Is Mike traveling an outdated path leading to somewhere he’ll regret? Or am I traversing a hopelessly romantic path to nowhere?

Who’s really on the high road, and who’s on the low road?

cliffs of moher

The Moral of the Story

It’s hard to believe that almost two years have passed since Icelandair 612. Like most things, it feels like eons in the past; it also feels like only yesterday. But realistically, much has happened. A higher education was earned. A street education was gained. Money was spent. Not so much money was regained (yet). Stress and euphoria, anxiety and resolve, loneliness and belonging, confusion and clarity — all of it happened, in both tales, on opposite sides of the world. Looking back, it’s clear that we’ve both accomplished things to be proud of, and the horizon looks just as exciting.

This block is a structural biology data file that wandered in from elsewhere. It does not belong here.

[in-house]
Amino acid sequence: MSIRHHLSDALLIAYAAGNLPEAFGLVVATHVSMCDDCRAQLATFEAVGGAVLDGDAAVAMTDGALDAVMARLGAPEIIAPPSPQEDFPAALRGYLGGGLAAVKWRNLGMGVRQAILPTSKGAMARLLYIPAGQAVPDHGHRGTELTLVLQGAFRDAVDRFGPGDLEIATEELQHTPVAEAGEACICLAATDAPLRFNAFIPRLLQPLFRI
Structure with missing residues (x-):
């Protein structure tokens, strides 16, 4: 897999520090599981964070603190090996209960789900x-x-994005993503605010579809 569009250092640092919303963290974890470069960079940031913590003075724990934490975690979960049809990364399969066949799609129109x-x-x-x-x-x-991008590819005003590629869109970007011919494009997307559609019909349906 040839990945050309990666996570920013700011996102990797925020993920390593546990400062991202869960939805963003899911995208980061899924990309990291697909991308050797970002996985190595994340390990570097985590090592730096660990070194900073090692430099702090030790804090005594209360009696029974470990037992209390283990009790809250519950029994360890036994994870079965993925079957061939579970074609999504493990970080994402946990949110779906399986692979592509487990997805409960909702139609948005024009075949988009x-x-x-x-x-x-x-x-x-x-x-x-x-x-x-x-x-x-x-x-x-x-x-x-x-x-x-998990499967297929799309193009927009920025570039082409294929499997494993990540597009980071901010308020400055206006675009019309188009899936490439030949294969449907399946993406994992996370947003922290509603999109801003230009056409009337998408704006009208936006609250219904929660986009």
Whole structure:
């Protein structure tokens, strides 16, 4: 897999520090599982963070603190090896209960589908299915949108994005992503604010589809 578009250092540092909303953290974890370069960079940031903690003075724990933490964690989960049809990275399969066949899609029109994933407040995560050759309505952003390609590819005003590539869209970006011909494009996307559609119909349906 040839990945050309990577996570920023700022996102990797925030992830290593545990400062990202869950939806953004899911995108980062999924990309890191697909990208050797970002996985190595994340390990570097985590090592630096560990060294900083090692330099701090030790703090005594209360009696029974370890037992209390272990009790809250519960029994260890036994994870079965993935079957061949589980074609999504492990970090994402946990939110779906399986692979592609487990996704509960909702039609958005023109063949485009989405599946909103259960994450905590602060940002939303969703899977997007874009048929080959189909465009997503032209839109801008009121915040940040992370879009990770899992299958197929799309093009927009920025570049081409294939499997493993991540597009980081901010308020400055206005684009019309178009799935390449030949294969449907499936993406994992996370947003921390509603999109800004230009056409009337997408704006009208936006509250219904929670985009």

Come April, Mike will be taking his final exams, likely accepting a graciously paying position at an admirable organization, and gearing up for his graduation from Carnegie Mellon. Around the same time, on the opposite side of Pennsylvania, I’ll be delivering a TEDx talk at Lafayette College, gearing up for the release of a second book, Tales of Ecuador, and continuing to build The Escape School.

But if our stories play out like the countless stories of those before us, we may be able to imagine what the moral will be.

Maybe the moral will be that career paths (and more broadly, life paths) come in all sorts of shapes, sizes, lengths, and trajectories, and that there isn’t a silver bullet, a blue pill or a red pill, that can be prescribed or passed down to tell us the right one to traverse.